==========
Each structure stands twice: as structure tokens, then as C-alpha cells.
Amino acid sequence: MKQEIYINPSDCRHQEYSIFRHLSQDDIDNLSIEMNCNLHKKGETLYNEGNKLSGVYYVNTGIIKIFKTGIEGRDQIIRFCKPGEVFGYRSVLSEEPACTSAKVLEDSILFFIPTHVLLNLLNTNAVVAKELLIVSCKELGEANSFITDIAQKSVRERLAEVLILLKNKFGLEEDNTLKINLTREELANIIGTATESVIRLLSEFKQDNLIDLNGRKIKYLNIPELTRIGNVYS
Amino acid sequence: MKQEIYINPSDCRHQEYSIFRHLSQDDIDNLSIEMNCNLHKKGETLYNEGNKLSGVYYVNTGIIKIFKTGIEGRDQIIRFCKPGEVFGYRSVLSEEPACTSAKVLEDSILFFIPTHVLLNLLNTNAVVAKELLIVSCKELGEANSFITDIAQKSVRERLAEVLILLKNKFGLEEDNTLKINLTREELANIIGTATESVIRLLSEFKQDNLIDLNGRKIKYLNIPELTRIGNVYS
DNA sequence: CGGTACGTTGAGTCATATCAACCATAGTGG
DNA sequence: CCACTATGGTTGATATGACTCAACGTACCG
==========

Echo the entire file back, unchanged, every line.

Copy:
Each structure stands twice: as structure tokens, then as C-alpha cells.
Amino acid sequence: MKQEIYINPSDCRHQEYSIFRHLSQDDIDNLSIEMNCNLHKKGETLYNEGNKLSGVYYVNTGIIKIFKTGIEGRDQIIRFCKPGEVFGYRSVLSEEPACTSAKVLEDSILFFIPTHVLLNLLNTNAVVAKELLIVSCKELGEANSFITDIAQKSVRERLAEVLILLKNKFGLEEDNTLKINLTREELANIIGTATESVIRLLSEFKQDNLIDLNGRKIKYLNIPELTRIGNVYS
Amino acid sequence: MKQEIYINPSDCRHQEYSIFRHLSQDDIDNLSIEMNCNLHKKGETLYNEGNKLSGVYYVNTGIIKIFKTGIEGRDQIIRFCKPGEVFGYRSVLSEEPACTSAKVLEDSILFFIPTHVLLNLLNTNAVVAKELLIVSCKELGEANSFITDIAQKSVRERLAEVLILLKNKFGLEEDNTLKINLTREELANIIGTATESVIRLLSEFKQDNLIDLNGRKIKYLNIPELTRIGNVYS
DNA sequence: CGGTACGTTGAGTCATATCAACCATAGTGG
DNA sequence: CCACTATGGTTGATATGACTCAACGTACCG